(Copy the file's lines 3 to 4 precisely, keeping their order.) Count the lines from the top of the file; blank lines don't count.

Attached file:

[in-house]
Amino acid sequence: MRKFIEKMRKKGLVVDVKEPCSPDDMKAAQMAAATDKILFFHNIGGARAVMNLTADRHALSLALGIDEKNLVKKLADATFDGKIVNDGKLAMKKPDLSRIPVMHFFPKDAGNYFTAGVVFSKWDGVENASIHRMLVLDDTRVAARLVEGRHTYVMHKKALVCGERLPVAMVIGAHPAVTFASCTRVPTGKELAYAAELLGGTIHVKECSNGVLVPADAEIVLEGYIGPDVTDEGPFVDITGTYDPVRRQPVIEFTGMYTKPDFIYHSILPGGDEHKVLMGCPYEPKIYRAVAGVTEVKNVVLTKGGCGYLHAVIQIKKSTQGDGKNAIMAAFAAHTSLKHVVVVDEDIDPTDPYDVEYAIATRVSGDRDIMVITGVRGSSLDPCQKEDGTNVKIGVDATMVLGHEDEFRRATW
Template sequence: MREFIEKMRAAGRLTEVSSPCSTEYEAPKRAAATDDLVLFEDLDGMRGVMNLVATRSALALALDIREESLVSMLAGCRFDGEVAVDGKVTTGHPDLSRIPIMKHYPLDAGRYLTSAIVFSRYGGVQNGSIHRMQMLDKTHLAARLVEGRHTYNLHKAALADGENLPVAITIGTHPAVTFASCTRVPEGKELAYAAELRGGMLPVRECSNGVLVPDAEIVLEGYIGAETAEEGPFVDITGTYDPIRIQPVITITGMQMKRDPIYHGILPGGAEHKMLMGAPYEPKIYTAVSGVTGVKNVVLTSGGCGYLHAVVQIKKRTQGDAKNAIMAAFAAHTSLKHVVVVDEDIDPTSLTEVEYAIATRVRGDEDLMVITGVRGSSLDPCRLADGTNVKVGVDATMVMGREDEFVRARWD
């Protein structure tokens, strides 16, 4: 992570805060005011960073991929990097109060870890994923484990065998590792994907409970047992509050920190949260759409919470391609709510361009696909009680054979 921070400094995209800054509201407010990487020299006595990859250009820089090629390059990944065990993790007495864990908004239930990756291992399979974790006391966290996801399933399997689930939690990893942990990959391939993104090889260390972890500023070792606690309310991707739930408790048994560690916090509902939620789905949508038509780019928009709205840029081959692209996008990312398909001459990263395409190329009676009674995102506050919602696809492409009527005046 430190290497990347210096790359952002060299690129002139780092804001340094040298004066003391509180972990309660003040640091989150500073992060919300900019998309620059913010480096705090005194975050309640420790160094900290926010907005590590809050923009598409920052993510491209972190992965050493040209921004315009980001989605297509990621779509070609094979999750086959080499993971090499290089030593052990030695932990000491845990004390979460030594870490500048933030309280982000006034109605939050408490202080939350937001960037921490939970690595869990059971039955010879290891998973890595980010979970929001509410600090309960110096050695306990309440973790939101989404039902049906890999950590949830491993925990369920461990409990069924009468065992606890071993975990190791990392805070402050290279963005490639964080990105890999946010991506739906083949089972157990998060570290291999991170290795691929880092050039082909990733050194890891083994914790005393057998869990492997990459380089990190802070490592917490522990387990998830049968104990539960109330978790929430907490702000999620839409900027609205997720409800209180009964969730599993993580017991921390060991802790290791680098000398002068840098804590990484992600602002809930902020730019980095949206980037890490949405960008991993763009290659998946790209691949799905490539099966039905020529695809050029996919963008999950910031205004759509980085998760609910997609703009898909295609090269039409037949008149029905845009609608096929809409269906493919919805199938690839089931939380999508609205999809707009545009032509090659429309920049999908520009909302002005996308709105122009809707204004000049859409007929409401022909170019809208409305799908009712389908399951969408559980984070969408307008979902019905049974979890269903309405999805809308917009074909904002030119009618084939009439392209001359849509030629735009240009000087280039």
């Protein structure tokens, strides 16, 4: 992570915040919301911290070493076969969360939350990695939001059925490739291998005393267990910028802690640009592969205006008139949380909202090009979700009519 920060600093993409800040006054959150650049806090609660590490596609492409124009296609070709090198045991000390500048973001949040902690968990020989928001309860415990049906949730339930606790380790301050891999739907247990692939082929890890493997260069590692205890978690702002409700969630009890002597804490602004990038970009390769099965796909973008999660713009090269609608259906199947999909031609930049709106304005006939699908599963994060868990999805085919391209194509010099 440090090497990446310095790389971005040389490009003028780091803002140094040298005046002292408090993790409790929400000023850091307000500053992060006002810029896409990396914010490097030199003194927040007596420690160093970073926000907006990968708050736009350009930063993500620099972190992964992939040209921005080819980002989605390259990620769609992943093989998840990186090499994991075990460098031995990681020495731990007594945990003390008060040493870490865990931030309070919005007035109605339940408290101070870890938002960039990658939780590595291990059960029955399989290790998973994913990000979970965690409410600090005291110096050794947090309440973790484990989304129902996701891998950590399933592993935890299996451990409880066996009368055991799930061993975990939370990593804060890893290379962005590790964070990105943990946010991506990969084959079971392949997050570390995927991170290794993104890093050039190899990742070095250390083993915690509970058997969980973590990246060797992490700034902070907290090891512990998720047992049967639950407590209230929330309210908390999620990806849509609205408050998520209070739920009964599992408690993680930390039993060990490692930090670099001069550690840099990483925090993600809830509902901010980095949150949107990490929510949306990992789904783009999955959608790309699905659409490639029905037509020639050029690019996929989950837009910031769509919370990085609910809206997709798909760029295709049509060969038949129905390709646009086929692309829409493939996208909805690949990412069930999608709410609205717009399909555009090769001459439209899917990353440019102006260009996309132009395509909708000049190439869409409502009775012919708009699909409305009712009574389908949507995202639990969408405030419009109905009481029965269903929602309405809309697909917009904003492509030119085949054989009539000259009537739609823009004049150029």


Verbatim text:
Template sequence: MREFIEKMRAAGRLTEVSSPCSTEYEAPKRAAATDDLVLFEDLDGMRGVMNLVATRSALALALDIREESLVSMLAGCRFDGEVAVDGKVTTGHPDLSRIPIMKHYPLDAGRYLTSAIVFSRYGGVQNGSIHRMQMLDKTHLAARLVEGRHTYNLHKAALADGENLPVAITIGTHPAVTFASCTRVPEGKELAYAAELRGGMLPVRECSNGVLVPDAEIVLEGYIGAETAEEGPFVDITGTYDPIRIQPVITITGMQMKRDPIYHGILPGGAEHKMLMGAPYEPKIYTAVSGVTGVKNVVLTSGGCGYLHAVVQIKKRTQGDAKNAIMAAFAAHTSLKHVVVVDEDIDPTSLTEVEYAIATRVRGDEDLMVITGVRGSSLDPCRLADGTNVKVGVDATMVMGREDEFVRARWD
């Protein structure tokens, strides 16, 4: 992570805060005011960073991929990097109060870890994923484990065998590792994907409970047992509050920190949260759409919470391609709510361009696909009680054979 921070400094995209800054509201407010990487020299006595990859250009820089090629390059990944065990993790007495864990908004239930990756291992399979974790006391966290996801399933399997689930939690990893942990990959391939993104090889260390972890500023070792606690309310991707739930408790048994560690916090509902939620789905949508038509780019928009709205840029081959692209996008990312398909001459990263395409190329009676009674995102506050919602696809492409009527005046 430190290497990347210096790359952002060299690129002139780092804001340094040298004066003391509180972990309660003040640091989150500073992060919300900019998309620059913010480096705090005194975050309640420790160094900290926010907005590590809050923009598409920052993510491209972190992965050493040209921004315009980001989605297509990621779509070609094979999750086959080499993971090499290089030593052990030695932990000491845990004390979460030594870490500048933030309280982000006034109605939050408490202080939350937001960037921490939970690595869990059971039955010879290891998973890595980010979970929001509410600090309960110096050695306990309440973790939101989404039902049906890999950590949830491993925990369920461990409990069924009468065992606890071993975990190791990392805070402050290279963005490639964080990105890999946010991506739906083949089972157990998060570290291999991170290795691929880092050039082909990733050194890891083994914790005393057998869990492997990459380089990190802070490592917490522990387990998830049968104990539960109330978790929430907490702000999620839409900027609205997720409800209180009964969730599993993580017991921390060991802790290791680098000398002068840098804590990484992600602002809930902020730019980095949206980037890490949405960008991993763009290659998946790209691949799905490539099966039905020529695809050029996919963008999950910031205004759509980085998760609910997609703009898909295609090269039409037949008149029905845009609608096929809409269906493919919805199938690839089931939380999508609205999809707009545009032509090659429309920049999908520009909302002005996308709105122009809707204004000049859409007929409401022909170019809208409305799908009712389908399951969408559980984070969408307008979902019905049974979890269903309405999805809308917009074909904002030119009618084939009439392209001359849509030629735009240009000087280039």